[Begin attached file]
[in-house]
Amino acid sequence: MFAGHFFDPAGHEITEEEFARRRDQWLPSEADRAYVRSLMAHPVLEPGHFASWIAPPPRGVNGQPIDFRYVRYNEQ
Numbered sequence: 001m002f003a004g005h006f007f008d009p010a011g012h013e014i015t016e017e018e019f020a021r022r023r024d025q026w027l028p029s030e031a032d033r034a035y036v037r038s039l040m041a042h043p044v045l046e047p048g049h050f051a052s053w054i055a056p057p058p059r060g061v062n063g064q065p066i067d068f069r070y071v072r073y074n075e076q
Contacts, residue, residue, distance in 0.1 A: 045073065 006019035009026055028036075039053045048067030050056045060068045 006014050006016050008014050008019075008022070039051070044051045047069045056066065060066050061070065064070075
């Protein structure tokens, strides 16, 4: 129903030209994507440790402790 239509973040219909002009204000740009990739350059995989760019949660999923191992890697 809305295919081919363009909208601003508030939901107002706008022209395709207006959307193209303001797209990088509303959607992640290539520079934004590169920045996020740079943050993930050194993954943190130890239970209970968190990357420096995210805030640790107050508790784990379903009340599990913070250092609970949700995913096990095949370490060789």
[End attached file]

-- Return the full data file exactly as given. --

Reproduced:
[in-house]
Amino acid sequence: MFAGHFFDPAGHEITEEEFARRRDQWLPSEADRAYVRSLMAHPVLEPGHFASWIAPPPRGVNGQPIDFRYVRYNEQ
Numbered sequence: 001m002f003a004g005h006f007f008d009p010a011g012h013e014i015t016e017e018e019f020a021r022r023r024d025q026w027l028p029s030e031a032d033r034a035y036v037r038s039l040m041a042h043p044v045l046e047p048g049h050f051a052s053w054i055a056p057p058p059r060g061v062n063g064q065p066i067d068f069r070y071v072r073y074n075e076q
Contacts, residue, residue, distance in 0.1 A: 045073065 006019035009026055028036075039053045048067030050056045060068045 006014050006016050008014050008019075008022070039051070044051045047069045056066065060066050061070065064070075
């Protein structure tokens, strides 16, 4: 129903030209994507440790402790 239509973040219909002009204000740009990739350059995989760019949660999923191992890697 809305295919081919363009909208601003508030939901107002706008022209395709207006959307193209303001797209990088509303959607992640290539520079934004590169920045996020740079943050993930050194993954943190130890239970209970968190990357420096995210805030640790107050508790784990379903009340599990913070250092609970949700995913096990095949370490060789």